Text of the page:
ROSE CHRONICLES 5/6, SCHUBAS This Vancouver foursome practice a lightweight pop led by the wispy, swooping vocals of Kristy Thirsk, who sounds a lot like fellow Canadian Sarah McLachlan. The blend of her dreamy whine with the effects-laden but consistently wan guitar of Richard Maranda recalls mid-80s 4AD twaddle like This Mortal Coil or Modern English; Rose Chronicles have just replaced the flaccid melancholy with a firm but undistinctive rock drive. "Modern rock" never sounded so stale. INCOGNITO 5/6, METRO This 12-member British ensemble claim some responsibility for the proliferation of "acid jazz," and on the latest of their three albums, Positivity (Verve Forecast/Talkin Loud), they opt for the soul/funk side of the style. The elements of jazz that do arise are usually in the form of overtly silky vocals and anesthetized, albeit infrequent, horn solos. If any claim can be made for Incognito's distinction, it's their slightly-more-successful-than-Ronnie Jordan fusion of hip-hop beats and cloying, overarranged soul glop. Of course, innovative doesn't always mean interesting or enjoyable. JOHN TRUDELL 5/6, RIVIERA Between 1973 and 1979 this Santee Sioux from Nebraska was national chairman of the American Indian Movement; then his wife and three children perished in a fire of "suspicious origin" in their home on a Paiute Shoshone reservation in Nevada less than a day after he burned an American flag on the steps of the J. Edgar Hoover Building in Washington, D.C. The activist turned to poetry, eventually fusing it with music, and his 1992 debut AKA Grafitti Man (Rykodisc) was highly acclaimed. Trudell's just-released follow-up, Johnny Damas and Me (Rykodisc), has a greater emphasis on contemporary rock production, and while his writing is thoroughly compelling, giving a gritty, heartfelt voice to hippie-tinged disaffection, the merger of recited poetry and bland, middle-of-the-road rock music can't help but get tedious. Early spins provide a solid sense of Trudell's still potent anger and determination, but after a while it all sounds robotic. He opens for simpy Canadian bleeding heart Bruce Cockburn (see Critic's Choice). KEVIN MONTGOMERY 5/7, THE VIC Twenty-four-year-old Kevin Montgomery sounds like he's writing songs for fortysomethings. His debut from last year, Fear Nothing (A&M), finds his high, sweet, keening voice cradled by a polite country-tinged sound that ranges from overly sensitive adult-contemporary to only slightly more gritty heartland rock. Montgomery's quaint little narratives mull over the sad lives of folks you might have met in a million other songs (e.g., "She goes out dancin' on Tuesday nights / Got a receptionist job she does not like" and "She doesn't like the life she's leading / But she's a prisoner of the fear of leaving"--these are two separate women); they're not caricatures, but they won't surprise you either. A fine opener for the sensitive politesse of sleepy Peter Himmelman. PAW 5/12, METRO This Lawrence, Kansas, quartet churns out a massive, gruff hard rock undermined by slightly baroque instrumental passages (such as the acoustic guitar interlude in "Sleeping Bag" or the incongruous pedal steel in "Jessie," both from Paw's A&M debut Dragline). Lurking beneath the din is a surprisingly melodic sensibility, although the punishing vocal roar of Mark Hennessy, which recalls the hyperrevved shout of the Lazy Cowgirls' Pat Todd, puts most of their songs through the wringer. Since Paw are just media pawns in a paper-doll grunge community, their long greasy hair and smelly clothes don't mean that much; for the moment their music is still rooted in a burly, leaden midwest intractability, but there are moments that reach for something greater. Chainsaw Kittens open. VANCE GILBERT 5/12, SCHUBAS The story goes that guitarist-singer Vance Gilbert switched from a love of jazz to an adoration of folk after being transfixed at a Shawn Colvin concert. Unfortunately, with his recent Edgewise (Philo) as proof, Gilbert has created a preening, jazzy folk rock so slick that it's impervious to all emotion. Think of a less soul-bound Bill Withers peppered with excruciatingly dopey novelty bits--he does a song called "Country Western Rap"--and you'll have not only a rough idea of what Gilbert sounds like but a pounding headache as well.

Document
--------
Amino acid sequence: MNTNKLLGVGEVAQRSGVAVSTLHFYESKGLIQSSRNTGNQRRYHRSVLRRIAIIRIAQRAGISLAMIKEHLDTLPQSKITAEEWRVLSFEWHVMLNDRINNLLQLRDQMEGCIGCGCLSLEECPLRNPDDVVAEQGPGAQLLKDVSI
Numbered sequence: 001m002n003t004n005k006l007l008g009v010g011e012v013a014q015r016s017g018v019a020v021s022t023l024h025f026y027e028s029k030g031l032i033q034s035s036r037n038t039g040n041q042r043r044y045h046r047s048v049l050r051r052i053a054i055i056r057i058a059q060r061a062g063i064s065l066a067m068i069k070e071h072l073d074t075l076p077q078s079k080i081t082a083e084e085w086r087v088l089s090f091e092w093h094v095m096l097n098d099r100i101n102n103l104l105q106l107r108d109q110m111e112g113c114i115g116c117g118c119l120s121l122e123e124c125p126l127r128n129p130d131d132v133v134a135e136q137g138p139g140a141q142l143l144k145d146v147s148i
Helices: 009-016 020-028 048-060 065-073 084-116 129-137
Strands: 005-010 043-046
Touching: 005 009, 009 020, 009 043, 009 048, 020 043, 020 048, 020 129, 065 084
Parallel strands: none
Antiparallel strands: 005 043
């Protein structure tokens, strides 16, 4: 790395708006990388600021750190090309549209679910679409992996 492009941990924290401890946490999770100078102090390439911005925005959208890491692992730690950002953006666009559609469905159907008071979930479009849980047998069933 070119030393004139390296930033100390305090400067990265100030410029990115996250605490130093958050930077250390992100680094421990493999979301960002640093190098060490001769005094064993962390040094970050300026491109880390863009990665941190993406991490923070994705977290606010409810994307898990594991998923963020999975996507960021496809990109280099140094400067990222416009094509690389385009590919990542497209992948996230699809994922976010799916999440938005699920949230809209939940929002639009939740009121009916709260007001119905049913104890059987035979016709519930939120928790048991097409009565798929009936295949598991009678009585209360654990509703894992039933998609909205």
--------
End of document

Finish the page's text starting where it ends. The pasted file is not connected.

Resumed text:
Art accompanying story in printed newspaper (not available in this archive): photo/Tobey.